When daylight savings time arrives each spring, clocks throughout the village are pushed ahead and just about everyone over the age of, say, 8, groggily adjusts to the lost hour of sleep. But the Westminster chimes that ring from Lake Bluff Village Hall every hour from 9 a.m. to 6 p.m. to make sure everyone knows their journey on Planet Earth has cycled through another 60 minutes? The chimes are adjusted to spring forward … but the clock is not.
That’s because there is no clock in Village Hall tower, and there never has been.
This will come as no surprise to those who have lived in Lake Bluff for at least a quarter of a century, but it’s true. The chimes that ring on the hour from 40 E. Center Avenue are part of a computer-controlled electronic system the Village installed in 1995 to commemorate Lake Bluff’s Centennial celebration. That was a big year for Village Hall, which also got a reconstructed octagonal tower after going without one for decades. The original wood-and-stucco cupola was removed in the mid-1930s because it was falling apart and there wasn’t any money during the Great Depression to repair it.
“Today most people think the tower is a bell tower or clock tower, but in the beginning it served a real purpose,” says Lake Bluff Fire Chief David Graf, who headed the Centennial Tower Reconstruction Committee in 1995.
To understand the history of Village Hall and the turret that’s not a clock tower, it’s good to know the history of the original building. It was designed in 1905 by Webster Tomlinson, a business partner of Frank Lloyd Wright. Lake Bluff had been incorporated as a village for 10 years, and it needed headquarters to serve the growing community. Up to that point, Village Hall operations took place in the real estate offices of James Hobbs and Fred Cornish, first on the current Village Green and later, in the early 1900s, in a small ranch house at 502 North Avenue that was rebuilt in 2000 and is now a private home.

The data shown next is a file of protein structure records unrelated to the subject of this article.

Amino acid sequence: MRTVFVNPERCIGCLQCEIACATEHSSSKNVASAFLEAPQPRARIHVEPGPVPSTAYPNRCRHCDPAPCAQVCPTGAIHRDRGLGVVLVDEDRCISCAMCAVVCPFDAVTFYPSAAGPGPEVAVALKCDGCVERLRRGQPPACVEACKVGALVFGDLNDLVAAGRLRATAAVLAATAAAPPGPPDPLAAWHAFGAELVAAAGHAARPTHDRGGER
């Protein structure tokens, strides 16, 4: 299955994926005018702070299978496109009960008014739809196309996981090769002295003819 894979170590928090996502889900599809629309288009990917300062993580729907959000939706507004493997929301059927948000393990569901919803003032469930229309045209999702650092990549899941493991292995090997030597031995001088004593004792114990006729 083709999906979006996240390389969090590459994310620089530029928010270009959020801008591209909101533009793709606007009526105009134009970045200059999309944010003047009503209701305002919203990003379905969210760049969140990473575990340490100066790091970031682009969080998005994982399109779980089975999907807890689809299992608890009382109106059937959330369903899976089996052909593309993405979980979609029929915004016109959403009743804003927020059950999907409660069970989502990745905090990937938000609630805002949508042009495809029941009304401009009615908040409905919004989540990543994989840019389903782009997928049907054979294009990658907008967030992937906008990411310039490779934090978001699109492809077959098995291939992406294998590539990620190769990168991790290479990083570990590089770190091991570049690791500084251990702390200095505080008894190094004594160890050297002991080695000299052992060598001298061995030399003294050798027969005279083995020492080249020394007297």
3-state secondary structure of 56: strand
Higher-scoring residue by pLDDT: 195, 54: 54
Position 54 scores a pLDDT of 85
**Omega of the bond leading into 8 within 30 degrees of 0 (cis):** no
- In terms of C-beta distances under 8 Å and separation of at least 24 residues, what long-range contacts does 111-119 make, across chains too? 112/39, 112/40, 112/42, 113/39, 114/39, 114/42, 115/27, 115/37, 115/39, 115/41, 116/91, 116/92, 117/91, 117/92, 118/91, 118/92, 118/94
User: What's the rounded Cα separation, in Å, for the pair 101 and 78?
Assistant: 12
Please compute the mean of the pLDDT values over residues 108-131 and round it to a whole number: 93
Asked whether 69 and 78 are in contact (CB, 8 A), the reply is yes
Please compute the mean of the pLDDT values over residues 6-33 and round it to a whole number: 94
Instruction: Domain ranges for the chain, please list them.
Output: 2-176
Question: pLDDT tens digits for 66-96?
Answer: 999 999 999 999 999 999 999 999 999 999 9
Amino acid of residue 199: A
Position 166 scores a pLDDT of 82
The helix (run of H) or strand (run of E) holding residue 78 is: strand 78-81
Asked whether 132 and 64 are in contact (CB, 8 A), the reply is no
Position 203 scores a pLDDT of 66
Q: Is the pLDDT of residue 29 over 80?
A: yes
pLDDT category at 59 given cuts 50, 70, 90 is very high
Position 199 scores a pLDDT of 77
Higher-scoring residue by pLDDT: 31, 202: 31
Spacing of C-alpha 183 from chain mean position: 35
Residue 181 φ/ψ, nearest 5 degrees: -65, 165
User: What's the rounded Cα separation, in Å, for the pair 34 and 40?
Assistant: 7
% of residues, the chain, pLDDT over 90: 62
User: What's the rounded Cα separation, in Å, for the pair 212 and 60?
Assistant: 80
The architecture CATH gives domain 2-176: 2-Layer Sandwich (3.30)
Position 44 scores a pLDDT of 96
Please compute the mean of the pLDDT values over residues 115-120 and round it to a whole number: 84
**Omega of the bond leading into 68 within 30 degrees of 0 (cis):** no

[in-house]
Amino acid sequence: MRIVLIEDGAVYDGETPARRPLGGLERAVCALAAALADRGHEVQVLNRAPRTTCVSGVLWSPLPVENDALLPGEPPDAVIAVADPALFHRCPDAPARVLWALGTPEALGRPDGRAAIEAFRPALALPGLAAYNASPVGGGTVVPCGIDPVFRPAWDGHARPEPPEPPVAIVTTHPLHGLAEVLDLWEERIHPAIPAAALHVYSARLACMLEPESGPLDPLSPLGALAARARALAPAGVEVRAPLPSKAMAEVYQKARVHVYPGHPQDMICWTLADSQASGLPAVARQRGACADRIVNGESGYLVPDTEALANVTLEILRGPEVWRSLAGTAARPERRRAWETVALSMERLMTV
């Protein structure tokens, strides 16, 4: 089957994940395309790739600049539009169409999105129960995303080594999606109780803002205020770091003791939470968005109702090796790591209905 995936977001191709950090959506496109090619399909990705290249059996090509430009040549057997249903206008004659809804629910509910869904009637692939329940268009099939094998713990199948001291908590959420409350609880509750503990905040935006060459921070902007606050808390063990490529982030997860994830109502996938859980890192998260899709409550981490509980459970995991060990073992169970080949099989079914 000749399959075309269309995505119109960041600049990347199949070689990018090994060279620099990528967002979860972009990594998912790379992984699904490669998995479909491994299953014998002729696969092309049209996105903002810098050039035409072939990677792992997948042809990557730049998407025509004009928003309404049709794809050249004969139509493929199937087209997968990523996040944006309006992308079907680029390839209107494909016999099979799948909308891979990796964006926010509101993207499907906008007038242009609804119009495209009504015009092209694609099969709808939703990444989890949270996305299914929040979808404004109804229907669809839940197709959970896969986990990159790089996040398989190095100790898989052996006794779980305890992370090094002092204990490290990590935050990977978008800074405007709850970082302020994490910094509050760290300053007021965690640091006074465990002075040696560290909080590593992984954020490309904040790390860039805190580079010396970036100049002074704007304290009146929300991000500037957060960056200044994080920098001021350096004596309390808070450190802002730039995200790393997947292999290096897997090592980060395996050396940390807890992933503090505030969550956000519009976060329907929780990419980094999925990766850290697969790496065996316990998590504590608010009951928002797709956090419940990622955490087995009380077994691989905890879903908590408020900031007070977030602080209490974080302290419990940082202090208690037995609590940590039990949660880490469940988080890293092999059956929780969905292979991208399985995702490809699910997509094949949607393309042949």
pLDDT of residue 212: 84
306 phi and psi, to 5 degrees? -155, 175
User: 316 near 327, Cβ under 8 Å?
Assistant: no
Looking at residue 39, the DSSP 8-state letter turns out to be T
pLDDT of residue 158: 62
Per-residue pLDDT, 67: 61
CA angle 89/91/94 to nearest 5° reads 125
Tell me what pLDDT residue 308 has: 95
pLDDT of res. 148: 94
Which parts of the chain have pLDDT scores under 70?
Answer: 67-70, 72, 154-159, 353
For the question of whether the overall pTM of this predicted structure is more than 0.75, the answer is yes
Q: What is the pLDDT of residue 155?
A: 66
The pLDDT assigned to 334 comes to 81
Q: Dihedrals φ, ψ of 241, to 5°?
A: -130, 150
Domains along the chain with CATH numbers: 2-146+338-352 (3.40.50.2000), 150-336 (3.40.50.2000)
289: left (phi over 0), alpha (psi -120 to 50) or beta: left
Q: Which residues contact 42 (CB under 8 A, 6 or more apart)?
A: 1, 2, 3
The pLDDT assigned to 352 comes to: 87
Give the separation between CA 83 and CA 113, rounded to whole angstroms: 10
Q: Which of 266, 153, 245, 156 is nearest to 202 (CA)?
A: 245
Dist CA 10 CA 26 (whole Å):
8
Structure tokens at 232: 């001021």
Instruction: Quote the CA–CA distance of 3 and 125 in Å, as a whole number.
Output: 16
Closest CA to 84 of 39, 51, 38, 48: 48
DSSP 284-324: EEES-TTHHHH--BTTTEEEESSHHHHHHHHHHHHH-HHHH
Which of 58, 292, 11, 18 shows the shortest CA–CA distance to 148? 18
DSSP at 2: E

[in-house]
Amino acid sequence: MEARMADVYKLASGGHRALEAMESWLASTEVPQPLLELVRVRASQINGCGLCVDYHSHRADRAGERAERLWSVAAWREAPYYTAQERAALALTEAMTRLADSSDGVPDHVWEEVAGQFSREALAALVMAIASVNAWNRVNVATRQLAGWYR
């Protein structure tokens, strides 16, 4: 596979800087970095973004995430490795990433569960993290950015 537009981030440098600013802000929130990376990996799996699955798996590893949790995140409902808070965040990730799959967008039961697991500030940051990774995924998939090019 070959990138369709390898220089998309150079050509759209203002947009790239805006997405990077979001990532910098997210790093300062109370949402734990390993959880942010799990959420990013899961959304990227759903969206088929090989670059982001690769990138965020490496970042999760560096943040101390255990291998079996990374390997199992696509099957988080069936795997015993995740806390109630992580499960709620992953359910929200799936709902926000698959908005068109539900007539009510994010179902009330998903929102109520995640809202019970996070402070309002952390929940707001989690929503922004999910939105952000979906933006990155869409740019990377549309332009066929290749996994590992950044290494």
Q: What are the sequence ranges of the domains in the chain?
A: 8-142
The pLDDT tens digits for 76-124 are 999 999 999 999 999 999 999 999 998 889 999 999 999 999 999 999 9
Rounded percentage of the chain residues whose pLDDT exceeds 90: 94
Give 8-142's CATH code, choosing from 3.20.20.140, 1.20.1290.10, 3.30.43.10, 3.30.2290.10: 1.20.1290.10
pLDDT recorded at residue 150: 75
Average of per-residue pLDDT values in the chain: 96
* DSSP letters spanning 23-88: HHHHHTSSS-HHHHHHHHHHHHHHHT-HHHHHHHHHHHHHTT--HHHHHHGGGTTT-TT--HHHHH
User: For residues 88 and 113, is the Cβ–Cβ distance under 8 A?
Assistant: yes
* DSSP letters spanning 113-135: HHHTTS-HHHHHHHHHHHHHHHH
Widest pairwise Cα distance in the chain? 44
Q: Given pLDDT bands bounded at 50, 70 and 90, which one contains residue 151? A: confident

Tomlinson’s Village Hall cost $6,500, which was financed by surplus funds from the sale of a right-of-way for what was to become the North Shore Railroad. Village Hall originally housed the village clerk and the public works, police and fire departments all in that one building. It even had a jail. And the tower? It was equipped to pull up and dry 50-foot lengths of fire hose.
For decades after the octagonal turret was removed, the brick portion of the tower was left empty and wound up serving a new, uninvited, audience: pigeons.
Lake Bluff History Museum board member Paul Bergmann remembers climbing into the truncated tower in 1964 when he was 11 years old and his father, architect William Bergmann, supervised the remodeling of Village Hall.
“One of the things he did was repair the windows and tower area where the roof had actually caved in. This was before the wood cupola was rebuilt so I’m referring to the roof on the brick section of the tower. The roof and windows had been open long enough that a huge flock of pigeons had moved in. If you know much about pigeons, you know they can be very messy. My dad always took me to his job sites and as a little boy and I got to ‘inspect’ projects he was working on. He especially liked taking me to places he thought were cool. I got to go up in the tower to see the view of Lake Bluff from up high.
“What he didn’t tell me was that the tower area was full of pigeon poo, old feathers and rotten unhatched eggs. Once I climbed up the ladder and through the scuttle I was repulsed by the pigeon dung. I had to walk through the goo on the floor that was several inches thick. I can still remember the pungent aroma. The carpenters up there all knew me and had me look out the open windows to enjoy the view, which was cool. But the whole time I was thinking about my shoes.”
Now there’s a memory that’s hard to shake!
Not everyone associated the truncated tower with pigeon droppings galore, but many people wanted the blank space above Village Hall restored to its original glory. When 1995 arrived, Villagers set out to restore the tower as part of the 100-year anniversary celebration.
“Putting a tower back on Village Hall was the cornerstone of the Centennial year events,” recalls David Graf. “Before it was restored, the building looked a little funny; proportionately it didn’t look right. The brick part of the tower was lower than the roof line of the rest of the building.
“When we got the tower back on, the building looked like it was supposed to look.”